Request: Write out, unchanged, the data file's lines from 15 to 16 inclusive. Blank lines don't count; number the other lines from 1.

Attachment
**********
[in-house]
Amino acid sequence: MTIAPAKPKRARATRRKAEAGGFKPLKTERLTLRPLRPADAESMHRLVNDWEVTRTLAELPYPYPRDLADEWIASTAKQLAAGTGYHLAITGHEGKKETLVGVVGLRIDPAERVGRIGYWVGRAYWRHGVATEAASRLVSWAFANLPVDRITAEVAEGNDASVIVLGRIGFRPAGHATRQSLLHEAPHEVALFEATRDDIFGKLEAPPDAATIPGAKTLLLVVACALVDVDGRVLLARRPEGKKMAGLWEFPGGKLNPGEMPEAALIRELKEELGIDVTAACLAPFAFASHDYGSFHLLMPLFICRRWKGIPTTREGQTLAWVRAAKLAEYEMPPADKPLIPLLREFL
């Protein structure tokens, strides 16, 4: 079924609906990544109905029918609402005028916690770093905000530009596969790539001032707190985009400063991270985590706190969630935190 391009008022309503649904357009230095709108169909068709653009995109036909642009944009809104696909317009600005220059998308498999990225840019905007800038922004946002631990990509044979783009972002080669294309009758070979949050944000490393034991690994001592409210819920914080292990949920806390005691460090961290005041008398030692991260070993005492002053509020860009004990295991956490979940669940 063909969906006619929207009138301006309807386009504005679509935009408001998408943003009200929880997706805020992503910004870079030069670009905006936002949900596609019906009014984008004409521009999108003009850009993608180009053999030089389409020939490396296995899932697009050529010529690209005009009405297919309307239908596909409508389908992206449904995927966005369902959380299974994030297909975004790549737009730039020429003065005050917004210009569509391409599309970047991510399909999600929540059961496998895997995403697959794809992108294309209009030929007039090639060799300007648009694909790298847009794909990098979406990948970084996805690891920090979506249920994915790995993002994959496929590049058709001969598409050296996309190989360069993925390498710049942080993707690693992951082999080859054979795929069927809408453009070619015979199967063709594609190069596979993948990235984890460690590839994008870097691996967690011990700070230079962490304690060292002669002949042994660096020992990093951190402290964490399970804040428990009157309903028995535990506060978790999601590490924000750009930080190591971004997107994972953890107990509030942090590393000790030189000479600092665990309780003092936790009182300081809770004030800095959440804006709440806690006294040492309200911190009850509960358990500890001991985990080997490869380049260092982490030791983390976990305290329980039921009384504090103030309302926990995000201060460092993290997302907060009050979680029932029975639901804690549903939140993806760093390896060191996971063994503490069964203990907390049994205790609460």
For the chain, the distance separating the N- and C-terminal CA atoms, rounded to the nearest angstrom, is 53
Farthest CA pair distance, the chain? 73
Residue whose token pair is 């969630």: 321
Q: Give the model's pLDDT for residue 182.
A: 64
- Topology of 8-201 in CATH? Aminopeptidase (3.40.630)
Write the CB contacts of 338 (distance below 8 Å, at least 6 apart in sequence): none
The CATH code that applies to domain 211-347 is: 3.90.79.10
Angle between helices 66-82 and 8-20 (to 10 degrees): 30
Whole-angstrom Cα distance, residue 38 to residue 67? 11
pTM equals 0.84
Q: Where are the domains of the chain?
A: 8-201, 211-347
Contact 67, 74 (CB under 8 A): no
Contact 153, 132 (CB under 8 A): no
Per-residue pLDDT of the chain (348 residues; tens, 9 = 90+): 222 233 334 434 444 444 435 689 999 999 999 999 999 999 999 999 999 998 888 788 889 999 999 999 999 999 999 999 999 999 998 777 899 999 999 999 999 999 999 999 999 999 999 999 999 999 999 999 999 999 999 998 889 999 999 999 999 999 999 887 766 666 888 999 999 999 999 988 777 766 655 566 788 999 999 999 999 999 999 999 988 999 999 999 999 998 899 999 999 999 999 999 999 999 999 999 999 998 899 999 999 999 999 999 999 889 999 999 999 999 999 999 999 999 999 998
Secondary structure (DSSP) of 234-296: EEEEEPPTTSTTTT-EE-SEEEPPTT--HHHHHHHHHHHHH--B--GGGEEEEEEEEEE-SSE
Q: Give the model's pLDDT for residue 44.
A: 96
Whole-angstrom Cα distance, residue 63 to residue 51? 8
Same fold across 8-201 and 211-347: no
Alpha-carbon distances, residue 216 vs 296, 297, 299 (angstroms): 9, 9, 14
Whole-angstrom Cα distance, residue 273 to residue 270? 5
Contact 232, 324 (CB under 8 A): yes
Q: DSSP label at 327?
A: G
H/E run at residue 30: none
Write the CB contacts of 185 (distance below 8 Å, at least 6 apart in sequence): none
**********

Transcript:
Q: Where are the domains of the chain?
A: 8-201, 211-347